well, if we consider e^x, we know that this function, is such that it will never be less than zero, even if you input x=-10000, you will never obtain 0, so for this function(e^x), the range is simply, (e^x)>0

    but now what about for e^(x^2), well if you consider the graph, real quickly, you can figure our that it is just a parabola(U curve like x^2), so in this case the lowest value is e^0=1, so the range is

    e^(x^2)>=0
    How is it >/= to 0. Isn't it just >0?

    Erm..if you work out the inverse of e^(x^2) is that going to be sqrt(lnx)? If that is the case, then the domain of the inverse would have to be x>/= 1 But then as the domain of the inverse is the range of the original function, wouldn't the range be x>/=1.
    Sorry, I may have not thought about this properly...
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    (Original post by 9MmBulletz)
    basically enter on your calculator
    Arcsin(sin^-1)2/3
    What ever answer you get, divide that by 2 to get theta
    because its sin to get the other answer, do 180- 2sintheta.
    divide that answer by two to get your second solution.

    To get your third and 4th solution I forgot the method, but a little trial and error toying around eg. 360-theta etc
    Hope I helped
    yeah i remember noww
    for the last to you have to 360 plus and take value.
    thanks alot!
    (:
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    Sulexk,

    For a cosec graph with a minimum at (pi/2, −1), a maximum at ( 3pi/2 , −5) and an asymptote with equation x = pi.

    (a) Showing the coordinates of any stationary points, sketch the graph of y =
    Given that
    f : x → a + b cosec x, x ∈ , 0 < x < 2π, x ≠ π,
    (b) find the values of the constants a and b

    Can you explain this to me please?
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    Since they tell you that the tangent to the point Q is parallel to the tangent to the point at P, instantly you assume that both tangents have the same gradients, in this case 9(which is what I obtained from part a).

    Now, this means that we set dy/dx = 9 and since we obtained 9(3x-5)^2, for dy/dx, we set this equal to 9 since there are two points where the gradient is equal to 9, so we should get two values for x.

    now then, we have, 9(3x-5)^2=9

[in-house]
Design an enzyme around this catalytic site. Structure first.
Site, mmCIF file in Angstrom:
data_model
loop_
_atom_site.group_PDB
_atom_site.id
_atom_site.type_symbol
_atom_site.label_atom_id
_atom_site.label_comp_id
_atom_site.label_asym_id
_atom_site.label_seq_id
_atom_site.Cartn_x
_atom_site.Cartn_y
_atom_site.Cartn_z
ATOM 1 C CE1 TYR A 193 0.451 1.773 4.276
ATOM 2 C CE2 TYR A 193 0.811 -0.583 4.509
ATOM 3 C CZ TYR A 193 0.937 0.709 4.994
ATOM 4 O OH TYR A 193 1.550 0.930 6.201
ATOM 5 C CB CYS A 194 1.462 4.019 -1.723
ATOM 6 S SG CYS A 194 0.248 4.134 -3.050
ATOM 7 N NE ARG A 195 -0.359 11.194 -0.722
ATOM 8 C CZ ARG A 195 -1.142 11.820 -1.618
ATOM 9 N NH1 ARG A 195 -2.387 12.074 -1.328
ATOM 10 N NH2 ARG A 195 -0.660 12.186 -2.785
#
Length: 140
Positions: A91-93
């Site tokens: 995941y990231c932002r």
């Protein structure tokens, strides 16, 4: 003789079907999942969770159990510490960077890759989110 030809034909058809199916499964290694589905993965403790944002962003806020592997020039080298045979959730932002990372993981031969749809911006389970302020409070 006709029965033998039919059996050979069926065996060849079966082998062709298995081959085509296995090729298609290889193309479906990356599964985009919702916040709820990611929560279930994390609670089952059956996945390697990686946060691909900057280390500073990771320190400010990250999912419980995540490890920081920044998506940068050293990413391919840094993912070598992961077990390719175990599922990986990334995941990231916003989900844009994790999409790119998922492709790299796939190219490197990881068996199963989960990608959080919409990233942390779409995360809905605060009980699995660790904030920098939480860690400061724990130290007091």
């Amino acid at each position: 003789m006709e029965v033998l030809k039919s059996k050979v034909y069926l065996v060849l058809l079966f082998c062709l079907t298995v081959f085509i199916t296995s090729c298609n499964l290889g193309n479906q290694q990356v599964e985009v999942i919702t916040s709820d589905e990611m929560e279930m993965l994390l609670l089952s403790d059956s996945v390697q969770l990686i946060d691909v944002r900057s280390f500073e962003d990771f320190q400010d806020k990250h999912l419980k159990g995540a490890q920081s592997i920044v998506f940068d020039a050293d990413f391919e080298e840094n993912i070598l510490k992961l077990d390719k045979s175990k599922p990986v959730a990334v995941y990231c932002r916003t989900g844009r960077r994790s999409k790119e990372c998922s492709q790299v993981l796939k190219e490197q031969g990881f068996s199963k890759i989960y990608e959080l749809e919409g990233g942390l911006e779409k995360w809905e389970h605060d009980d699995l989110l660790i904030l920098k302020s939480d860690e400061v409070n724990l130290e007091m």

==> (3x-5)^2=1
    expand and simplify to obtain:

    9x^2-30x+25=1
    9x^2-30x+24=0

    now factor:

    9x^2-12x-18x+24=0
    3x(3x-4)-6 (3x-4)=0
    (3x-6)(3x-4)=0

    so the tangent has the same gradient when x=2 and when x=4/3

    now we were given the point P(2,1) already

    so we use x=4/3
    put this back into the original equation and we get :

    y=(3(4/3)-5)^3=(4-5)^3=(-1)^3=-1

    so Q coordinates=(4/3,-1)
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    How do you differentiate when the base has got powers thats also got powers;
    like: 7e (^x (^y)?
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    (Original post by lethal786)
    also how do i approach such question
    (a) Use the identities for cos (A + B) and cos (A − B) to prove that
    2 cos A cos B ≡ cos (A + B) + cos (A − B). (2)
    First write out cos (A+B) = cosAcosB-sinAsinB and then cos (A-B)= cosAcosB +sinAsinB.

    If we add these two equations together:

    cos(A+B)+cos(A-B) = 2cos A cos B as required
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    (Original post by ViolinGirl)
    How is it >/= to 0. Isn't it just >0?

    Erm..if you work out the inverse of e^(x^2) is that going to be sqrt(lnx)? If that is the case, then the domain of the inverse would have to be x>/= 1 But then as the domain of the inverse is the range of the original function, wouldn't the range be x>/=1.
    Sorry, I may have not thought about this properly...
    Hi there, you are absolutely correct, sorry about that it should be
    e^(x^2)>=1
    I wrote lowest value is 1 before this,

    sorry the typo!

    thank you so much!
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    (Original post by obviouslystudying)
    How do you differentiate when the base has got powers thats also got powers;
    like: 7e (^x (^y)?
    hey there is it possible if you could expand on this a little, I mean provide an example of the question you are asking?

    thank you so much!!